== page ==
Many colleges have embarked upon a process of clustering their programs into related groups, often called “metamajors.” While this term has gained traction as a general description of the clustering process, in practice colleges have chosen a wide range of descriptive terminology that suits their local cultures and curricula. Some colleges have called their clusters “areas of interest,” “career and academic pathways,” or “fields of study.” These efforts have often been related to guided pathways initiative, but metamajor organization is not simply an aspect of guided pathways; rather it is a curricular tool to help students navigate through important choices they must make about their future so that the paths they choose lead to the destinations to which they aspire.
Currently when students apply to colleges, they typically see a list of majors organized differently by each college, with an average of between 250 and 300 various majors or iterations of majors. In addition, the content colleges ask students to choose from is often laden with jargon such as IGETC or CSU GE breadth, certificates, or local associate degree. ASCCC’s experience with student panels from a variety of colleges makes clear that the vast majority of students do not leave high school knowing what they want to do, what skills they have, or how to connect their goals to a viable future. Even those students that have an idea about an area to pursue academically often report they have no idea how this interest relates to their choice of majors found online or in a college’s catalog. Simply put, metamajors are clusters of programs that enable students to look at a general and fairly broad opened door. The goal is to help the students dig deeper into their various educational options and understand transfer and employment opportunities.
Last year over half a million new students attended a California community college. About 50% of these students were from under-represented ethnic groups and were the first in their families to attend college (California Community Colleges Chancellor’s Office, 2013). Many, or even most, such students do not have people at home with the experience to guide them. Some students have the good luck to schedule a counseling appointment or are directed to a special program with proactive and clear guidance and high touch, such as athletics or EOPS. Students report that strong connections through this type of close contact provide specific information and time to explore where they want to go and support them through the path. However, college counseling services are overburdened and understaffed, and most students report that they do not have the social resources to decode the system. For this reason, the ASCCC has created a module in Canvas at the ASCCC website to help colleges reconsider the way students onboard, select majors, and identify the right courses to take.  Success and getting an education should not be a matter of luck. Once students find a general pathway through the metamajor clusters, program maps provide a semester-by-semester detailed list of coursework that must be accomplished to get a degree.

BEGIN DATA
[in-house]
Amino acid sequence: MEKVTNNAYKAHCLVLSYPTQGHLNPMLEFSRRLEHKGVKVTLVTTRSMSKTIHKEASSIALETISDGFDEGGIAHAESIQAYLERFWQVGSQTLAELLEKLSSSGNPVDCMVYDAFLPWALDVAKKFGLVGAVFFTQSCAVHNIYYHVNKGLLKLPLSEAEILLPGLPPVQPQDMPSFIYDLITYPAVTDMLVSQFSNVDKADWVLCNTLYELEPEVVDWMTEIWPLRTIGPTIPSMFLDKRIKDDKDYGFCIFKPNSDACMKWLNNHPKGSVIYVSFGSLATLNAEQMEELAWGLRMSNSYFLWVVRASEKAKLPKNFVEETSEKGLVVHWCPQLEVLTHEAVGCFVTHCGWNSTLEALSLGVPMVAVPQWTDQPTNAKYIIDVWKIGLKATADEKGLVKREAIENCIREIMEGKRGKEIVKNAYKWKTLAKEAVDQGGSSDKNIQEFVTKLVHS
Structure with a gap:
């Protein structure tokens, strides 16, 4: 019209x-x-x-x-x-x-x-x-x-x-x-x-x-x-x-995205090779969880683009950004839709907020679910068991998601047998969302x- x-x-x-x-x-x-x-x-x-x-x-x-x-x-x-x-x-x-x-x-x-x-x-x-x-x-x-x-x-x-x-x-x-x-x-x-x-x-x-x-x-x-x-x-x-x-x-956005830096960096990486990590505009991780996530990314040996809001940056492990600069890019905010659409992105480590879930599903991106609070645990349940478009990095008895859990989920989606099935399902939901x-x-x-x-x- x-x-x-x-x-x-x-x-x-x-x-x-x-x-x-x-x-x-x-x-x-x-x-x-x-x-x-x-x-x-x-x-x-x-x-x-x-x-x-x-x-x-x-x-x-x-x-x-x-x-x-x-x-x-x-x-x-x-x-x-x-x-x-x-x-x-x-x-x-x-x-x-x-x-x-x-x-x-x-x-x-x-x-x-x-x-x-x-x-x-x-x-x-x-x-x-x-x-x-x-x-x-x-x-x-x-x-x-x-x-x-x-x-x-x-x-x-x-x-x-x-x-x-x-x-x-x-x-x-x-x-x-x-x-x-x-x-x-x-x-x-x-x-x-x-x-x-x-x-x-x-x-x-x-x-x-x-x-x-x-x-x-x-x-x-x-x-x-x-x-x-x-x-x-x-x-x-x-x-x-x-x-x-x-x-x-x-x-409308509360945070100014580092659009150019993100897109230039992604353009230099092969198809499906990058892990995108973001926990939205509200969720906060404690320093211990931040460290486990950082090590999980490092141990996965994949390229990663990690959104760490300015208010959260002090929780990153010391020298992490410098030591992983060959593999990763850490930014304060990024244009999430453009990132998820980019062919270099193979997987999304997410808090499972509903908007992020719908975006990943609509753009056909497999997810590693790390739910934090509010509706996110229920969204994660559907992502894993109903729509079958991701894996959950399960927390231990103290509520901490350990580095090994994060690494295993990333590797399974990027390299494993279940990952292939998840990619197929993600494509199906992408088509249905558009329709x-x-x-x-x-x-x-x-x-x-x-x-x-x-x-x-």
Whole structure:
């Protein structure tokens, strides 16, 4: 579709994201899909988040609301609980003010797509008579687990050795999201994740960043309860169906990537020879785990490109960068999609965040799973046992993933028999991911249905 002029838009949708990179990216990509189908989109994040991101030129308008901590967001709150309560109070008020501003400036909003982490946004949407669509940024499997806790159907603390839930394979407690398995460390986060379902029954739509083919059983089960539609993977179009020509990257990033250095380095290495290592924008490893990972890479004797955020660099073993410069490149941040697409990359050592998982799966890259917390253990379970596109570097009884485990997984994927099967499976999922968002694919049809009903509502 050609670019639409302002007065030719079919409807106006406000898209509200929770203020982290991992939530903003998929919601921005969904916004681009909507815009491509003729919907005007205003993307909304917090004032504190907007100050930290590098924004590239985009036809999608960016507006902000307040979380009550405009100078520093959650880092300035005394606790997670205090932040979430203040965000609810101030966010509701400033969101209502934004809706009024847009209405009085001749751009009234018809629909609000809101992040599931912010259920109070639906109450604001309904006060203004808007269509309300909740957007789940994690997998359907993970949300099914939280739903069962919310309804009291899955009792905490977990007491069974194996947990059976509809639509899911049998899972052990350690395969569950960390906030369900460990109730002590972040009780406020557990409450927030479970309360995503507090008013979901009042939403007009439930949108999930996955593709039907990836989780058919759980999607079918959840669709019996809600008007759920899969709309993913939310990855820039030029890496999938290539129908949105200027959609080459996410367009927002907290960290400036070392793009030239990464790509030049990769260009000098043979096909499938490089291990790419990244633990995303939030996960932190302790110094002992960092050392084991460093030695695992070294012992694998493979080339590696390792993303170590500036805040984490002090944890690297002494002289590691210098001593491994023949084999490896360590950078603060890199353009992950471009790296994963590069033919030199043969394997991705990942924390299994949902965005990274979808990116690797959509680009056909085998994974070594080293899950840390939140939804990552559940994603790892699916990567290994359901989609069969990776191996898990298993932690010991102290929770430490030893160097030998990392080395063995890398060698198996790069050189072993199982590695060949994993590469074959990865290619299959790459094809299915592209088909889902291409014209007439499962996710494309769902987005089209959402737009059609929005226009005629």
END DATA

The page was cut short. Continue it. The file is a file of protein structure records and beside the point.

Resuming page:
On average statewide in 2018-19, new students completed only 19 units after one year, and only 68% returned to take a second semester (CalPASS Plus, n.d.). Many reasons could explain why the students’ paths ended, but the reason should not be that they were not certain of how to achieve their educational goals or could not identify the right courses to take. Metamajors create information so that students can access choices for educational goals. Program maps provide a true picture of the requirements to complete a specific goal. Making the information accessible to all students, not just the lucky or socially resourced students, creates an instructional framework and guidance that promotes equity for all students.